Based on a scant description of the spyglass workings, Galileo concluded that its main principle was that of refraction. Obtaining “off-the-shelf” lenses normally for spectacle use, he soon possessed a 4x instrument and it wasn’t long thereafter that he had personally ground a lens set and crafted a telescope of twice that magnification. By the Spring of 1610, Galileo had published the first telescopic “observing reports” describing denizens of the night sky. And in that report (Sidereus Nuncius – The Starry Messenger) Galileo himself lists a few of his most startling discoveries:

“With the aid of this new instrument one looks upon the face of the Moon, the expanse of the Milky Way, innumerable fixed stars, faint nebulosities and asterisms, and the four wandering stars attending Jupiter never before seen.”-1

Recognizing the significance of these discoveries Galileo goes on to say:

“Great things embodying the spirit of truth based on observation and contemplation of nature do I propose in this short treatise. Large, I say, and for the clarification of truth, based on an innovation never heard throughout the centuries, and finally I extoll the instrument by which means these same things have been revealed to our perception.”

There can be no doubt that Galileo’s early adoption of the recently invented spyglass for astronomical purposes marked a major departure toward the way we now view the world. For before Galileo’s era the heavens and the Earth were not in accord. The bulk of the thinking going on prior to Galileo was scholastic in nature. Truth depended on the words of the ancients – words which carried greater weight of authority than natural law and behavior. It was the era of faith – not science – that Galileo was born into. But his observations built a bridge between Terrum et Coelum. Earth and sky became part of a single natural order. The telescope could demonstrate to anyone with an open mind that there was more to all things than could be conceived of by the great minds of the past. Nature had begun to instruct the hearts and minds of humanity…

But let us speak no more of Earth-shaking events. What did Galileo actually see in the early months of the year 1610?

Lacking a background in Latin is no hindrance to furthering our investigation, for “the Starry Messenger” himself left many fine sketches (a few which are seen in the above composite image).

Of course, any amateur astronomer of the today can do no better than to begin with the Moon. Using a telescope is no easy matter. Sweeping the sky unsteadily at high magnifications to find anything in the heavens can be very frustrating to the neophyte to our High Art and Science. Of course, Galileo’s first telescope was very low power and this simplified things. But his later instruments always included a second smaller “finder scope” to simplify astro-navigation. Here are some of Galileo’s descriptions of the Moon:

“Most beautiful and admirable is it to see the Moon’s luminous form,… At nearly thirty diameters – some 900 times greater in region – anyone can perceive that the Moon is not covered with a smooth and uniform surface but in fact reveals great mountainous shelves, deep cavities, and gorges just like those of the Earth.”

Even during the winter the Milky Way can be seen – a faint gossamer of light attending Cassiopeia and Perseus to the north then plummeting south east of Orion – the Hunter, into Monoceros – the Unicorn. Again The Starry Messenger speaks:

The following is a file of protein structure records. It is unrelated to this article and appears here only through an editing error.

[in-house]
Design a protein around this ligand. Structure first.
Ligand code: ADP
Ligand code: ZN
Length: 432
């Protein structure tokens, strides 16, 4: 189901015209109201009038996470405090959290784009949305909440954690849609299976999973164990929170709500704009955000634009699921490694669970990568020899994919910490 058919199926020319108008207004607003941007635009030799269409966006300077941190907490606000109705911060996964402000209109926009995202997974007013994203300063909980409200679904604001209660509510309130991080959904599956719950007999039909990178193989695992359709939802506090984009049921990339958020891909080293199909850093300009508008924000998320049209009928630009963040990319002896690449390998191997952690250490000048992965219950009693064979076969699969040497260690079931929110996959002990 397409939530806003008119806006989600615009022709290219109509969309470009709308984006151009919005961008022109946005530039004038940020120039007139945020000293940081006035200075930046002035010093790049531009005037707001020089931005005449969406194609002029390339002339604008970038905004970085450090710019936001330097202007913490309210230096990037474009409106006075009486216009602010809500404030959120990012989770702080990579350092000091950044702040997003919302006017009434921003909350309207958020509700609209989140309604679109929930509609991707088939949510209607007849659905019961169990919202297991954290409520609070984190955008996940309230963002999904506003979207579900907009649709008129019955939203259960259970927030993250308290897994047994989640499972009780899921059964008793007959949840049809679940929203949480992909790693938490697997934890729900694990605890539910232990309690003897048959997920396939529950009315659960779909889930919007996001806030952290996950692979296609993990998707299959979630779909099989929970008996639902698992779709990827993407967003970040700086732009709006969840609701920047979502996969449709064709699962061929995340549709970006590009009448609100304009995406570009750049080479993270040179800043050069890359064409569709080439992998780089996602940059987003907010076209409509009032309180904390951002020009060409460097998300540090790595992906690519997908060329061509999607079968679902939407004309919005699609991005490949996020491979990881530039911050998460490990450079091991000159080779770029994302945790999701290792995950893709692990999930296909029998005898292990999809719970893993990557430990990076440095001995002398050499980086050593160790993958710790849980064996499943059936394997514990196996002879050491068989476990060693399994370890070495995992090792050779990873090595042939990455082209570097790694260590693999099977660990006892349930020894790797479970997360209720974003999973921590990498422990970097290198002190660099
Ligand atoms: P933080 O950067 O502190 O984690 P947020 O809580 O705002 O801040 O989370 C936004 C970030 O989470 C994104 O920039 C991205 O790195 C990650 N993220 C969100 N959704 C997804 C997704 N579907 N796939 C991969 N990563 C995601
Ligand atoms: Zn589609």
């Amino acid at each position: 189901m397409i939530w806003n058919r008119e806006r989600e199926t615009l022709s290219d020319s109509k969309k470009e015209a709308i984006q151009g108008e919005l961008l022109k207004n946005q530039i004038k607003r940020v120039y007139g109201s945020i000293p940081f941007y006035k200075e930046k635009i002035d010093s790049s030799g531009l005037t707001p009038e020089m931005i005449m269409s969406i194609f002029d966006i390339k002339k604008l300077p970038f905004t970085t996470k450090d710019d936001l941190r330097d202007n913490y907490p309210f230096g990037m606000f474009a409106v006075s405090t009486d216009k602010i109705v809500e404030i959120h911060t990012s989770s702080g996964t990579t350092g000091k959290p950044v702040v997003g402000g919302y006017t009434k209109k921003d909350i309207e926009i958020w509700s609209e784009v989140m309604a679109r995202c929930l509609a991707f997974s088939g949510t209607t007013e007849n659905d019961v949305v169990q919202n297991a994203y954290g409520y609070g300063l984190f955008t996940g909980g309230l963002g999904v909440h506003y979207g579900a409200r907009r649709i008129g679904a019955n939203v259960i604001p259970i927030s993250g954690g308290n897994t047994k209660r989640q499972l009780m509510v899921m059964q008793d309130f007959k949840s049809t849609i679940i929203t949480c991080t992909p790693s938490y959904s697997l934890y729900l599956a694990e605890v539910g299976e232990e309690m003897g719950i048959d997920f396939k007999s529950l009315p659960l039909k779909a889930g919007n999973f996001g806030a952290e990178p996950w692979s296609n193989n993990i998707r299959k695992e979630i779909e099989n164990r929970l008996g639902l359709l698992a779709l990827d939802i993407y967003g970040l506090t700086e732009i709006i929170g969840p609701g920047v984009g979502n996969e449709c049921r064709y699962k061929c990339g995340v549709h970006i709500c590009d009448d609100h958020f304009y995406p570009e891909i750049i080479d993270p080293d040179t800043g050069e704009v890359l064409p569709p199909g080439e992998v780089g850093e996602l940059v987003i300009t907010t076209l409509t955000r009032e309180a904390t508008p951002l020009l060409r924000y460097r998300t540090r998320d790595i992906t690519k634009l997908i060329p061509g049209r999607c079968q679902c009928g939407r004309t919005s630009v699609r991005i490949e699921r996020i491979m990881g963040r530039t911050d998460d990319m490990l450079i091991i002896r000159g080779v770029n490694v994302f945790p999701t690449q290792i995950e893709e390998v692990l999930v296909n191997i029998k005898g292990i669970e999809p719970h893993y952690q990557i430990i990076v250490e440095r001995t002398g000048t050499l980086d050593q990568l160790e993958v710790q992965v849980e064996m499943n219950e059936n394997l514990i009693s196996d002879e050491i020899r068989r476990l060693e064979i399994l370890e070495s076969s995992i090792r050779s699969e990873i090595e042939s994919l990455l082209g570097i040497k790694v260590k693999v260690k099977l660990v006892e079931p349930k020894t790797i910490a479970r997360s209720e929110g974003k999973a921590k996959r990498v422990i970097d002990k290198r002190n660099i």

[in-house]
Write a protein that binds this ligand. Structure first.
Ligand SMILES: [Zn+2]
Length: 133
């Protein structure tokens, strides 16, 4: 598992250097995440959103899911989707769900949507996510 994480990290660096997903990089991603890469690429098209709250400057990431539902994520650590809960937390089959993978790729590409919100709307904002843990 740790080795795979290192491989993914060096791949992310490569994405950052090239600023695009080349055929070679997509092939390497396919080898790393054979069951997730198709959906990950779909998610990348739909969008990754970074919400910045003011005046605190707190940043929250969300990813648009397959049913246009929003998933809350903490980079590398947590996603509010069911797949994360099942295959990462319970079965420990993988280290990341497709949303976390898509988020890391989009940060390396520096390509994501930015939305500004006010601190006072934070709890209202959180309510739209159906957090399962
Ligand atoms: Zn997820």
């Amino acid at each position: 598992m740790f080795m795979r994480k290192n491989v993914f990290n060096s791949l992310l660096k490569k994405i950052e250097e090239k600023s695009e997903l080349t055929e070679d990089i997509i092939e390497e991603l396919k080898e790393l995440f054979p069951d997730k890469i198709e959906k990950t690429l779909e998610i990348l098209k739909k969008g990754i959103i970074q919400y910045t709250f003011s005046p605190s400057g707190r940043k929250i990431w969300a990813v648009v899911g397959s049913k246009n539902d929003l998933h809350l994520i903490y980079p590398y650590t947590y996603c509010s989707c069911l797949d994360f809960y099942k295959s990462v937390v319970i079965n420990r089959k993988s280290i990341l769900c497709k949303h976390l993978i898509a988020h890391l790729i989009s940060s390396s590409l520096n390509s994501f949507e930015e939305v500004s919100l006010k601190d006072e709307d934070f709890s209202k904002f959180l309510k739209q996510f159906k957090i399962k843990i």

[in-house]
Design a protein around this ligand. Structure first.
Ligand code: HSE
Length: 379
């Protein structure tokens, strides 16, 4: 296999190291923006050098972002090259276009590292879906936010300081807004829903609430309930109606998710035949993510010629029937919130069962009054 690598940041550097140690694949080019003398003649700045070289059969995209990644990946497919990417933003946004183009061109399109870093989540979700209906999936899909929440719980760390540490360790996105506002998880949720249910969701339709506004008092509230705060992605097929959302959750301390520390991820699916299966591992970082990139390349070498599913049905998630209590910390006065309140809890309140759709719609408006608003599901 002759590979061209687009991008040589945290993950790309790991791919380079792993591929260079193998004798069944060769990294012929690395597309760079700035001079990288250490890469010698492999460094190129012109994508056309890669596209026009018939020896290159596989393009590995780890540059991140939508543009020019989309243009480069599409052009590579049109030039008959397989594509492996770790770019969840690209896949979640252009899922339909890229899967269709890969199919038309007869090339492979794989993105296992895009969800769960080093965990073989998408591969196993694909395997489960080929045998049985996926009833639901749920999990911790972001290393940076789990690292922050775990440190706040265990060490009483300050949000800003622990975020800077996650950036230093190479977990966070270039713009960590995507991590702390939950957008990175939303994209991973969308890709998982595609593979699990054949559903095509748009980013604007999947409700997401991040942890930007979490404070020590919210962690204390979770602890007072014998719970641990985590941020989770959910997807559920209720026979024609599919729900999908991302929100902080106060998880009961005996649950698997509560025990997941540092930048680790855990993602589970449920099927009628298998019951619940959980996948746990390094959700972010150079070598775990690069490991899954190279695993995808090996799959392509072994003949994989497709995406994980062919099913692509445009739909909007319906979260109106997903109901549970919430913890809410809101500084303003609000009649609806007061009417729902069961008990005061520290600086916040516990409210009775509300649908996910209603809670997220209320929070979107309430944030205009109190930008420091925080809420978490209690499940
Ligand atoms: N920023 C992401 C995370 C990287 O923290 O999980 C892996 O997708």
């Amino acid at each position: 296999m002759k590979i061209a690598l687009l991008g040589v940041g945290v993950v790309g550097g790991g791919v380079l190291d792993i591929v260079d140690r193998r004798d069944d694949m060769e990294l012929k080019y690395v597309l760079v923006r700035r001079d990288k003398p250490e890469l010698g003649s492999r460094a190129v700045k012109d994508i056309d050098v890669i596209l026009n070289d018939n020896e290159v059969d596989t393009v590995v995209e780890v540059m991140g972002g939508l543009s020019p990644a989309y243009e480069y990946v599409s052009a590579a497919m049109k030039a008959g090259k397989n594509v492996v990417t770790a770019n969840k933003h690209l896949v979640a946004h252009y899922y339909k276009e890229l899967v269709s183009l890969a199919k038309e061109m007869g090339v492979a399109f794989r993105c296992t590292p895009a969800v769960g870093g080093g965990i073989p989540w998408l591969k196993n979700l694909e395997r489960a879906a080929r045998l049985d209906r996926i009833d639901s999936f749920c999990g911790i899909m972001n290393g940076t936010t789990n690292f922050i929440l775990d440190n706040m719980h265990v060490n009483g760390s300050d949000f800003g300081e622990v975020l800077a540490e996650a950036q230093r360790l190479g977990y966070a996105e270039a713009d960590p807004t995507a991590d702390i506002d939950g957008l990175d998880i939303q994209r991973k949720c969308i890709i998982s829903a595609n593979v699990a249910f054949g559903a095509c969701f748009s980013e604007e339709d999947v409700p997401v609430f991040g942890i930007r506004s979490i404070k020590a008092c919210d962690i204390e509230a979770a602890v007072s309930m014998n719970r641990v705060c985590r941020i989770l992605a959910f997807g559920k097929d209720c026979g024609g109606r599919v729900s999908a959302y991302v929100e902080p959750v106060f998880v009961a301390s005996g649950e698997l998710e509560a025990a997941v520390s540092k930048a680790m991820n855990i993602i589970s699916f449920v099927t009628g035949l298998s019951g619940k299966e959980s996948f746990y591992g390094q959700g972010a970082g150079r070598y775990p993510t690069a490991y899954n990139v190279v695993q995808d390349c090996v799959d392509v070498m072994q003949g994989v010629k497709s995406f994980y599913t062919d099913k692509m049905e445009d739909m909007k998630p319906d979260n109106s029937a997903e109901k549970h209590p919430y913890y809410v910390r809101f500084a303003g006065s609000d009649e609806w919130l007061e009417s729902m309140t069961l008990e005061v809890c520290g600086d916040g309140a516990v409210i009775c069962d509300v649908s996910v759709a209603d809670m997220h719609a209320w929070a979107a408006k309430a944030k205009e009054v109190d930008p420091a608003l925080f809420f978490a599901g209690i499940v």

“Moreover let us not underestimate the questions surrounding the Milky Way. For it has revealed to the senses its essence (through the turning of our instrument upon it). And in so doing out of its cloudy substance numerous stars are called forth.”

But in terms of Galileo’s own estimation his observations of the four Jupiterean satellites evoked the greatest of significances:

“By far and exceeding every other wonder, and mainly promoted for the contemplation of all astronomers and philosophers, is the discovery of four wandering stars. For I propose that they – like Venus and Mercury around the Sun – have revolutions around a conspicuous star among the known wanderers. And in their lesser wanderings they may precede the greater – sometimes before it and sometimes after – never going beyond some pre-determined limits.”

Galileo also went on to detect sun spots and the phases of Venus. The Venusian phases, in particular conclusively demonstrated the heliocentrism conceived by Copernicus and mathematically described by Johan Kepler of Galileo’s own time and correspondence.

Of course Galileo was large enough in his perception to realize that these few initial discoveries were but only the beginnings of a beginning for the telescope as an instrument and astronomy as a whole for he goes on to say:

“Perhaps other miraculous things from both myself and others will be discovered in the future aided by this instrument…”

Galileo was wrong – there was no “perhaps” about it…

-1 This and later quotations ascribed to Galileo are re-interpretations of an Italian to English Babelfish translation of Siderius Nuncius by the author.

About The Author:
Inspired by the early 1900’s masterpiece: “The Sky Through Three, Four, and Five Inch Telescopes”, Jeff Barbour got a start in astronomy and space science at the age of seven. Currently Jeff devotes much of his time observing the heavens and maintaining the website Astro.Geekjoy.

Huygens Wind Data Released

Image credit: ESA
Using a global network of radio telescopes, scientists have measured the speed of the winds faced by Huygens during its descent through the atmosphere of Titan.